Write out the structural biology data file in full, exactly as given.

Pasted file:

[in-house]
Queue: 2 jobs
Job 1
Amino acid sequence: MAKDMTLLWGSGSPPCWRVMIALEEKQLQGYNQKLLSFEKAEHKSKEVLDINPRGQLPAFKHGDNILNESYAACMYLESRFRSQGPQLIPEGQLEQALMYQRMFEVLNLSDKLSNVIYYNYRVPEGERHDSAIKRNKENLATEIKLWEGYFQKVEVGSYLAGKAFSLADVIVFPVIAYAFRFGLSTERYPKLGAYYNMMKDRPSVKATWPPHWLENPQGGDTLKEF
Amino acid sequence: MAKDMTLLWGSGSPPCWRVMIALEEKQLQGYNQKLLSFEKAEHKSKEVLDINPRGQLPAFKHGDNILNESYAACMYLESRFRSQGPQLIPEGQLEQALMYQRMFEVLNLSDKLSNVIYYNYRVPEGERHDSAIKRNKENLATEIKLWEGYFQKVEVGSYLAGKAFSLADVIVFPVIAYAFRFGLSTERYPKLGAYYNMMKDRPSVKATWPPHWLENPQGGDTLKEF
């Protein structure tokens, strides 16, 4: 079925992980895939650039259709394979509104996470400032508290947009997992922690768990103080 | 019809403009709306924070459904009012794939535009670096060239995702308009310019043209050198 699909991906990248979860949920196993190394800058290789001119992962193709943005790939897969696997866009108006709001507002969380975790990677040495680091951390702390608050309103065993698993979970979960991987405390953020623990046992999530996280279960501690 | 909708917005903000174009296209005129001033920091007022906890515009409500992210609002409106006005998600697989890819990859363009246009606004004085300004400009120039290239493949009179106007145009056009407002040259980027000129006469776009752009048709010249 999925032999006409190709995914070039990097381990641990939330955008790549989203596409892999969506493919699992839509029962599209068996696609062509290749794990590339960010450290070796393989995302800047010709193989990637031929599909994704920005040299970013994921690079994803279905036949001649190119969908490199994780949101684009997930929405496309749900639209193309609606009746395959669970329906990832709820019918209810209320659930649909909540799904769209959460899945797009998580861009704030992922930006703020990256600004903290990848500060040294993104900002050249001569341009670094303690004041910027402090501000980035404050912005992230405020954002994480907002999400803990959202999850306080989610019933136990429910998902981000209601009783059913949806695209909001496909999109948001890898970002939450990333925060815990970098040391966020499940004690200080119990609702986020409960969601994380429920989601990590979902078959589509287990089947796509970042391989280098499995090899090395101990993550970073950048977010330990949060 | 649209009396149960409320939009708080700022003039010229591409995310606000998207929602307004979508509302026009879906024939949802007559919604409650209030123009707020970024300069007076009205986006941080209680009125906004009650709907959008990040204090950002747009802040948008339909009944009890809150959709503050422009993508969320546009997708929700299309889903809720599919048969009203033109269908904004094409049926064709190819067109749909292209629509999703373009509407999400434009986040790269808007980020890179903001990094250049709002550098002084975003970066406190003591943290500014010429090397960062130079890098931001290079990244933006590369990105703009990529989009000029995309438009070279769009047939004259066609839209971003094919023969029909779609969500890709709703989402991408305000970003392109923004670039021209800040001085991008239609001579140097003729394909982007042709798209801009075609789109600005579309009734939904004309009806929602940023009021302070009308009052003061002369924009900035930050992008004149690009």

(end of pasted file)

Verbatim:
[in-house]
Queue: 2 jobs
Job 1
Amino acid sequence: MAKDMTLLWGSGSPPCWRVMIALEEKQLQGYNQKLLSFEKAEHKSKEVLDINPRGQLPAFKHGDNILNESYAACMYLESRFRSQGPQLIPEGQLEQALMYQRMFEVLNLSDKLSNVIYYNYRVPEGERHDSAIKRNKENLATEIKLWEGYFQKVEVGSYLAGKAFSLADVIVFPVIAYAFRFGLSTERYPKLGAYYNMMKDRPSVKATWPPHWLENPQGGDTLKEF
Amino acid sequence: MAKDMTLLWGSGSPPCWRVMIALEEKQLQGYNQKLLSFEKAEHKSKEVLDINPRGQLPAFKHGDNILNESYAACMYLESRFRSQGPQLIPEGQLEQALMYQRMFEVLNLSDKLSNVIYYNYRVPEGERHDSAIKRNKENLATEIKLWEGYFQKVEVGSYLAGKAFSLADVIVFPVIAYAFRFGLSTERYPKLGAYYNMMKDRPSVKATWPPHWLENPQGGDTLKEF
């Protein structure tokens, strides 16, 4: 079925992980895939650039259709394979509104996470400032508290947009997992922690768990103080 | 019809403009709306924070459904009012794939535009670096060239995702308009310019043209050198 699909991906990248979860949920196993190394800058290789001119992962193709943005790939897969696997866009108006709001507002969380975790990677040495680091951390702390608050309103065993698993979970979960991987405390953020623990046992999530996280279960501690 | 909708917005903000174009296209005129001033920091007022906890515009409500992210609002409106006005998600697989890819990859363009246009606004004085300004400009120039290239493949009179106007145009056009407002040259980027000129006469776009752009048709010249 999925032999006409190709995914070039990097381990641990939330955008790549989203596409892999969506493919699992839509029962599209068996696609062509290749794990590339960010450290070796393989995302800047010709193989990637031929599909994704920005040299970013994921690079994803279905036949001649190119969908490199994780949101684009997930929405496309749900639209193309609606009746395959669970329906990832709820019918209810209320659930649909909540799904769209959460899945797009998580861009704030992922930006703020990256600004903290990848500060040294993104900002050249001569341009670094303690004041910027402090501000980035404050912005992230405020954002994480907002999400803990959202999850306080989610019933136990429910998902981000209601009783059913949806695209909001496909999109948001890898970002939450990333925060815990970098040391966020499940004690200080119990609702986020409960969601994380429920989601990590979902078959589509287990089947796509970042391989280098499995090899090395101990993550970073950048977010330990949060 | 649209009396149960409320939009708080700022003039010229591409995310606000998207929602307004979508509302026009879906024939949802007559919604409650209030123009707020970024300069007076009205986006941080209680009125906004009650709907959008990040204090950002747009802040948008339909009944009890809150959709503050422009993508969320546009997708929700299309889903809720599919048969009203033109269908904004094409049926064709190819067109749909292209629509999703373009509407999400434009986040790269808007980020890179903001990094250049709002550098002084975003970066406190003591943290500014010429090397960062130079890098931001290079990244933006590369990105703009990529989009000029995309438009070279769009047939004259066609839209971003094919023969029909779609969500890709709703989402991408305000970003392109923004670039021209800040001085991008239609001579140097003729394909982007042709798209801009075609789109600005579309009734939904004309009806929602940023009021302070009308009052003061002369924009900035930050992008004149690009």